Producing a complete product in Vancouver is more expensive than manufacturing it overseas. (About 10 percent of the company’s products are produced in the two-year-old Canadian factory, while the rest are made in other international locations.) But for a piece as technical as the Alpha SV, the control the brand has over the entire process makes the costs worth it. “The benefit of having the factory nearby is that if they have a part that’s difficult to construct, we can drive over there and work it out quickly and easily,” Geddis says. “We can make adjustments and test them outside the next day.” She says most products go through about three iterations before the team is satisfied, but that she’s famous around the office for putting one jacket through 12 rounds of prototypes.
As Geddis and her team pull the design together, they focus on how the jacket moves on people’s bodies—what happens when you raise your arms or swivel your head. They start with simple, activity-specific Gore-Tex fit blocks, which outline the general shape of the garment and are based on fit-model sizing. Their fits have stayed consistent over the years. A men’s medium is 5 foot 10 with a 33.5-inch waist. A women’s small is 5 foot 6 with a 28-inch waist.
Then the team adapts the pattern to fit the jacket’s intended use: something worn for climbing, for instance, will need more articulation through the sleeves. The patterns are cut so your hood doesn’t block your eyes and you can reach above your head without exposing your middle. Grenzke notes that the way people layer has changed over the years so they take that into account and think about how the jacket might fit with different types of midlayers.
Next they dial in the details. On the hood and hem, they decided to use Cohaesive cord locks, which are easy to adjust with gloves on. They also rethreaded the direction of the cord locks, so it goes up inside the jacket instead of down. This prevents the loops from getting stuck on things like ice axes, and it’s also wide enough that it prevents the hem from riding up under packs and harnesses, a common problem that guides complained about.
From there they take the design to the ARC’One factory to run through the whole production and see what might be hard to construct at scale and what steps they might be able to do more efficiently. By this point, they’ve been working on the redesign for almost two years.
Step 4: Construction
Inside the 250,000-square-foot ARC’One factory, David Gardner, the training manager, breaks out a brick-thick binder for the Alpha SV, which outlines all the steps it takes to make the jacket in every size. Gardner says that each team can make about 30 jackets a day, and there are four teams that work on the Alpha SV.
The construction process starts when the fabric (usually Gore-Tex and Polartec products), arrives at the north end of ARC’One. There it’s checked by a quality-control team, then rolled out onto giant cutting machines that slice pieces for four jackets at a time—that’s the optimum number to have move through the line at once, the company says. From there all the parts, from pull tabs to seam tape, are put into one package, and they’re moved to the other end of the factory where they’ll be assembled.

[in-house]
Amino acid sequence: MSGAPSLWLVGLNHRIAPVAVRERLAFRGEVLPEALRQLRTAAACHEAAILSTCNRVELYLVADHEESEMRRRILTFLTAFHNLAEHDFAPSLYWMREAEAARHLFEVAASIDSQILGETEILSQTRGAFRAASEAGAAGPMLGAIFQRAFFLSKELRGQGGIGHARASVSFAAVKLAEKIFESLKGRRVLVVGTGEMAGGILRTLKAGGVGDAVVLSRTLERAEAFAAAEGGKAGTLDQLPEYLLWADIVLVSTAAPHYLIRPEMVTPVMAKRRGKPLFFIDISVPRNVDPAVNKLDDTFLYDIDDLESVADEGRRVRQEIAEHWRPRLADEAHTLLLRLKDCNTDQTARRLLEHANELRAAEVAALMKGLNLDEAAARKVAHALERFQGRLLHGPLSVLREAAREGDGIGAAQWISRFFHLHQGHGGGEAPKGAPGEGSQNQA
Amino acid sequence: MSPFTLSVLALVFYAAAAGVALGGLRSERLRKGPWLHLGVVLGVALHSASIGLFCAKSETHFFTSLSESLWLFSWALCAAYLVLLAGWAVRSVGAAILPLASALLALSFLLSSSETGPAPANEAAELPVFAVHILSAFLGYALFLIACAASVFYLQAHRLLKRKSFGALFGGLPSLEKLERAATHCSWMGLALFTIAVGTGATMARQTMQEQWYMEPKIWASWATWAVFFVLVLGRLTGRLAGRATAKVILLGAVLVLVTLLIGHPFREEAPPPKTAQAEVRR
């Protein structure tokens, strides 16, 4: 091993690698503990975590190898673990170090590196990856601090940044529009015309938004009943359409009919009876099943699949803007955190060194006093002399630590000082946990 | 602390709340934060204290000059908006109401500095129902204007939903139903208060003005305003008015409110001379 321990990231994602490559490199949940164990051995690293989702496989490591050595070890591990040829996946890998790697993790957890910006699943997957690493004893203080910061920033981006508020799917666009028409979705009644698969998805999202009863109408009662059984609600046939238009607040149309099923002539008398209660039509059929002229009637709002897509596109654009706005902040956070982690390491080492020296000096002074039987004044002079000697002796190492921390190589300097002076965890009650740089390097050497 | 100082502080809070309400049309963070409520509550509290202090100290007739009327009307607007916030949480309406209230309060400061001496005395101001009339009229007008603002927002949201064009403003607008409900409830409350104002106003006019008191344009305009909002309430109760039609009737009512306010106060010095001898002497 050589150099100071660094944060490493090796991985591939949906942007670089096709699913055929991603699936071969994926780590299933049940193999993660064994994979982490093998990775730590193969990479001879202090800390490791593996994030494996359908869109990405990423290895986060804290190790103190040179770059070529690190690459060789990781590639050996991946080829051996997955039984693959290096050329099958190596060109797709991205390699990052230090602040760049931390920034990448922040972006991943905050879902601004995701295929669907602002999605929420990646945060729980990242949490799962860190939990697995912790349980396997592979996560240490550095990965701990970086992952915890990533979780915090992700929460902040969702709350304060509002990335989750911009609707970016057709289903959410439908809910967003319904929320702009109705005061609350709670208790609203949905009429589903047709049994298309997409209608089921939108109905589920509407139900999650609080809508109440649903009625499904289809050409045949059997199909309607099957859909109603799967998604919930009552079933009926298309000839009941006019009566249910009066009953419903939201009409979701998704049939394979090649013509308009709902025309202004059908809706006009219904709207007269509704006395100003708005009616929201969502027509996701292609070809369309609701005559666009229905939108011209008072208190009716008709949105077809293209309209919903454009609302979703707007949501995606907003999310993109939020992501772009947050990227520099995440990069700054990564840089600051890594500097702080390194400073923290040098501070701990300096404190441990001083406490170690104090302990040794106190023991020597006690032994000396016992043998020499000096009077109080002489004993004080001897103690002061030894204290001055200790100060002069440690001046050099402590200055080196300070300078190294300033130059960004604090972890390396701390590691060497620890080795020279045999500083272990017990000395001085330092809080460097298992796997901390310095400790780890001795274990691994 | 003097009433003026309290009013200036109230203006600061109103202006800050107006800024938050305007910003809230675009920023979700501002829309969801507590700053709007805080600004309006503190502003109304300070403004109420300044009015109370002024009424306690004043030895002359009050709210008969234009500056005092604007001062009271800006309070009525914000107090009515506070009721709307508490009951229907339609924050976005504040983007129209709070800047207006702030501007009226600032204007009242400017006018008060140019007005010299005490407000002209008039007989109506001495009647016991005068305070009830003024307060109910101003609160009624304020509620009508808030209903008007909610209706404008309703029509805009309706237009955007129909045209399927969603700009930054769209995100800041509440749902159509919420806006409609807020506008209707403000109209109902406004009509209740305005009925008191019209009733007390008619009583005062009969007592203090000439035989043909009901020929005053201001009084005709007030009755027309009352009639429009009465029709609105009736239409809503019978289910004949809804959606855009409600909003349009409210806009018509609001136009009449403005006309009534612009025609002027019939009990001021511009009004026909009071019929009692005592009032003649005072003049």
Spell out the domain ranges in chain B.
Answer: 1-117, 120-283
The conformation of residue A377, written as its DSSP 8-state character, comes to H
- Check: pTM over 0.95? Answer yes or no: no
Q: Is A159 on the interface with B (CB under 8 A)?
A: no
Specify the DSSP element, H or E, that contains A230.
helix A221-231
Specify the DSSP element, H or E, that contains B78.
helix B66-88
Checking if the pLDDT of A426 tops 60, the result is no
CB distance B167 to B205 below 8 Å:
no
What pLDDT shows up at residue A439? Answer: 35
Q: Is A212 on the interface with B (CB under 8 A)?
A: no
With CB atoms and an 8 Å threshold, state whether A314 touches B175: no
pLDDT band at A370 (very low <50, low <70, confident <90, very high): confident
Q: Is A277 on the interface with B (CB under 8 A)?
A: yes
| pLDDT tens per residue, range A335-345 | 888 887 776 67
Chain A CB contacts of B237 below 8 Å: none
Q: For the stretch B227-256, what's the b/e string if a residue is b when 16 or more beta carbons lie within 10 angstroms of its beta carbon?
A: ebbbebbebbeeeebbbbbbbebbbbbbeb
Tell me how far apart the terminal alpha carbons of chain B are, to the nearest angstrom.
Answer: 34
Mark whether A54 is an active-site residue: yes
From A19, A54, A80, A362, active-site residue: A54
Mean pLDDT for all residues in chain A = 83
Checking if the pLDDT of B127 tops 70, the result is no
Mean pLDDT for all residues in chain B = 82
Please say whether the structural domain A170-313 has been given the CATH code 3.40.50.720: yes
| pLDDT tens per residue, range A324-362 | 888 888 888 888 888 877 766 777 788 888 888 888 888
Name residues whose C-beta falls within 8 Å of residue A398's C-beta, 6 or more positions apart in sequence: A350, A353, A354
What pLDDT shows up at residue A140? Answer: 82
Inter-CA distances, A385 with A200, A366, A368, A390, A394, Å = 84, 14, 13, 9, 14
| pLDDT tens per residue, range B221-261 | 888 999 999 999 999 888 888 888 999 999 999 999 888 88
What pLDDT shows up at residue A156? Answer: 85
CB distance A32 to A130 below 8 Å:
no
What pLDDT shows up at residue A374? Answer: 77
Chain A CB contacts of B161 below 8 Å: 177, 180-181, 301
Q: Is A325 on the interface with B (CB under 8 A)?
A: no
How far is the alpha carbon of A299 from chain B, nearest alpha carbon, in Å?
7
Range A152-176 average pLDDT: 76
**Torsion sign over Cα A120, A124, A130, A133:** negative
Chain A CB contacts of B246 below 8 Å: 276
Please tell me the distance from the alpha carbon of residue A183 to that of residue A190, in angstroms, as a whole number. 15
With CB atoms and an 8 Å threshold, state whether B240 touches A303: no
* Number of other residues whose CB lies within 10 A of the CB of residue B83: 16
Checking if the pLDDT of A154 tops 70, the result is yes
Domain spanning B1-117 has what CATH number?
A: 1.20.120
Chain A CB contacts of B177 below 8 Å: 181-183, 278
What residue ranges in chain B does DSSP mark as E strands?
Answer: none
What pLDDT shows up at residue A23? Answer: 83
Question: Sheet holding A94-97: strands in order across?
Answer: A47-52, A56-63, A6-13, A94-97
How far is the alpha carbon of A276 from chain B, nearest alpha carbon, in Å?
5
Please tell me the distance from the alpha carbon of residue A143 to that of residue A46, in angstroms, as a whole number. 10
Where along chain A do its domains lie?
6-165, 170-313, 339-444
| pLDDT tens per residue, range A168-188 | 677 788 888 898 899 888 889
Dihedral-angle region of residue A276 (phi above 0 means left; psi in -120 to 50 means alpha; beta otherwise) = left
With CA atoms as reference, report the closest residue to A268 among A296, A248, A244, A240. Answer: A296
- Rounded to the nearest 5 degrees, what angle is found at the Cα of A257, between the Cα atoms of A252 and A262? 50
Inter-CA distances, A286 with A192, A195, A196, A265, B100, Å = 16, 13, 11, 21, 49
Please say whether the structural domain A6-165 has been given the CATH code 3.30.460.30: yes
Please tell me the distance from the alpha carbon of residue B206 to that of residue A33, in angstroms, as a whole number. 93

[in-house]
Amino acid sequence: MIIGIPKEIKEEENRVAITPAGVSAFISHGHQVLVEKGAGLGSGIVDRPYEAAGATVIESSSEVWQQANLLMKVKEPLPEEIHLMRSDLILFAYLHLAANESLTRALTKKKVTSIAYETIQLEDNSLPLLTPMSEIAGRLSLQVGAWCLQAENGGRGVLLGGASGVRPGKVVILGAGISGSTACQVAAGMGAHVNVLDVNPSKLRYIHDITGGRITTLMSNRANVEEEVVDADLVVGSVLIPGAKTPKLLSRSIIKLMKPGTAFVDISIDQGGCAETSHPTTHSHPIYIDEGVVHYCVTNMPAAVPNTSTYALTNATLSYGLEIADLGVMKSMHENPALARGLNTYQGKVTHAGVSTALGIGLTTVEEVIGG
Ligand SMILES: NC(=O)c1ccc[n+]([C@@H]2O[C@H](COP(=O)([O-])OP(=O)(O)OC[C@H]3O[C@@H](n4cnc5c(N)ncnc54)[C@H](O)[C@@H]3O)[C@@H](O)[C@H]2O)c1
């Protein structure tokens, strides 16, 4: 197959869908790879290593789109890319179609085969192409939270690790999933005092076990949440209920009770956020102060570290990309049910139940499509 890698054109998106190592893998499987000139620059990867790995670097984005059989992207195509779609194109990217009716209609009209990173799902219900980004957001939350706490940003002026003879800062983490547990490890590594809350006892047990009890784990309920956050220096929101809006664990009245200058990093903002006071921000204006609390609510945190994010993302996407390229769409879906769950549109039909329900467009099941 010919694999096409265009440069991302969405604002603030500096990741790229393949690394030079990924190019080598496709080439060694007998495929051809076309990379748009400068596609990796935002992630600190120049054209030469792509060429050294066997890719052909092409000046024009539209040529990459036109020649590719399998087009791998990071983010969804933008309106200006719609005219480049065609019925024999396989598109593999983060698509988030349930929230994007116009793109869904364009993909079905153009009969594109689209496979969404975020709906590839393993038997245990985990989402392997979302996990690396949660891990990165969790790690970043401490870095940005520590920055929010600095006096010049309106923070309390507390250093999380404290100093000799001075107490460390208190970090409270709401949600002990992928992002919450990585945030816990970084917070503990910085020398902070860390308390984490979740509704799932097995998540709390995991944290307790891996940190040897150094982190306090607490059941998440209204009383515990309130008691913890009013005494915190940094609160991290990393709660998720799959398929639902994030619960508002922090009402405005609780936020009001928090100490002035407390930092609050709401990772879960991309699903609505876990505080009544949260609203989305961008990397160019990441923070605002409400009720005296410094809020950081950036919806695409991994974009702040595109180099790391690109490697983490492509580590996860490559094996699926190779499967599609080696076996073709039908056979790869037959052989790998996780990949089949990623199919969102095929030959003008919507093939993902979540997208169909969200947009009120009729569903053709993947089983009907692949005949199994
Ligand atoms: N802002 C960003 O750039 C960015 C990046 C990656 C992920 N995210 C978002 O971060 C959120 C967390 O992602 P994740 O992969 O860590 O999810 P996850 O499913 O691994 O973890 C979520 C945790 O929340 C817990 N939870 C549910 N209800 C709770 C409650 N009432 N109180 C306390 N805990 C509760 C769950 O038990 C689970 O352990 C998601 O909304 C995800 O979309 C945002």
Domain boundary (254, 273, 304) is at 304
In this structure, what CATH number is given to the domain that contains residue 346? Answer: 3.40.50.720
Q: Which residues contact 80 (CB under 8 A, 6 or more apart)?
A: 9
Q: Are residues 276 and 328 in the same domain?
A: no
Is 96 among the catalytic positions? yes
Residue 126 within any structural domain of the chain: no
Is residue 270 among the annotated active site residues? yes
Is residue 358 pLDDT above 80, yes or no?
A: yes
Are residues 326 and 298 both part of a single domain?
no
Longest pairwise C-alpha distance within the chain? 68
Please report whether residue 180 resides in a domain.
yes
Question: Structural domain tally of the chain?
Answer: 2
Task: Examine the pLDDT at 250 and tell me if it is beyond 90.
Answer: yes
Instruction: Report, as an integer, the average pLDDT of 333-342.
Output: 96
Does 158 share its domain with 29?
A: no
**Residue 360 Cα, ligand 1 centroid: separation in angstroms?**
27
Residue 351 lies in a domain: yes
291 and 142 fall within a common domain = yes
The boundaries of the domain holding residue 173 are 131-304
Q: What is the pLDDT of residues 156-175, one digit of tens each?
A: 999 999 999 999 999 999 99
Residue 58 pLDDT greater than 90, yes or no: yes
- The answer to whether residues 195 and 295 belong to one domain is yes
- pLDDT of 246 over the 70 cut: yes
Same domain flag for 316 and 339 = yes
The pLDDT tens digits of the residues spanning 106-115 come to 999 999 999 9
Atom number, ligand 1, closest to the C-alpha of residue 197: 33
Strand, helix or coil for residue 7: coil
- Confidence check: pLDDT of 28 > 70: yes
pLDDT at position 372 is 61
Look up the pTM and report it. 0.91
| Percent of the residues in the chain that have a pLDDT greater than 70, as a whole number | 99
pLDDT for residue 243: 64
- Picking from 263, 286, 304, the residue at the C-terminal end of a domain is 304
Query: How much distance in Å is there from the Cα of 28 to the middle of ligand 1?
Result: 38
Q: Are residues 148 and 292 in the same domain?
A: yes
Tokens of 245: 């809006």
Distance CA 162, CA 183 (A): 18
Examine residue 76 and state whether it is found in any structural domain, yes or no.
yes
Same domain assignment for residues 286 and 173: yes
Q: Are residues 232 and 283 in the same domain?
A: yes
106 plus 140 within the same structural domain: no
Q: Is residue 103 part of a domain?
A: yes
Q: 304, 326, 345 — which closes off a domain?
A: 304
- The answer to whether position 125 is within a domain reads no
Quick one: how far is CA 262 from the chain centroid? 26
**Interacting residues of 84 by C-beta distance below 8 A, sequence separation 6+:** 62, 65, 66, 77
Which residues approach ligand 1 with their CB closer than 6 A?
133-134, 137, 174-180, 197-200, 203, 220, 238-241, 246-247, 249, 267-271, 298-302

Gardner started here in 1998, the same year the first Alpha was manufactured, and says he’s had every job in the factory, from cutting fabric to teaching sewing. Over the years, he’s helped rearranged the factory and the process to be as efficient as possible. Everyone except the highly skilled seam tapers does multiple jobs to keep things moving through the process, and they’ve set up the floor so there’s an obvious physical flow to the work. “I used to feel like I worked in a jacket factory. Now I feel like I work in a jacket lab,” he says.
There are 13 people on each sewing team, and they sit in a horseshoe lined by 26 sewing machines, seam tapers, and quality-control tests stations including a water blaster that shoots a pressurized stream at the fabric to check its waterproofness. Building a jacket is like shingling a roof—there’s a specific order you have to follow when putting the parts together. Every step and every minute has been thought out, but the final assembly, which takes 98 steps, feels almost like a dance. Workers switch back and forth between sewing machines and glue guns, trading spots around the horseshoe. Seam taping is the hardest job, so the most skilled person on the line stays on the seam taper, curving the external seams together. I sat down at the seam taper to try it out, and it took me almost a full minute to tape one inch. The woman who works there can tape a sleeve in a matter of seconds.
Pieces of fabric that come to the horseshoe in a plastic bin become a pocket, then a chest panel, then suddenly something that looks like a jacket. By the time it makes its way to the end of the horseshoe, it’s completed, inspected, bagged, and tagged. All those hours of design distilled down into a pound of Gore-tex and glue.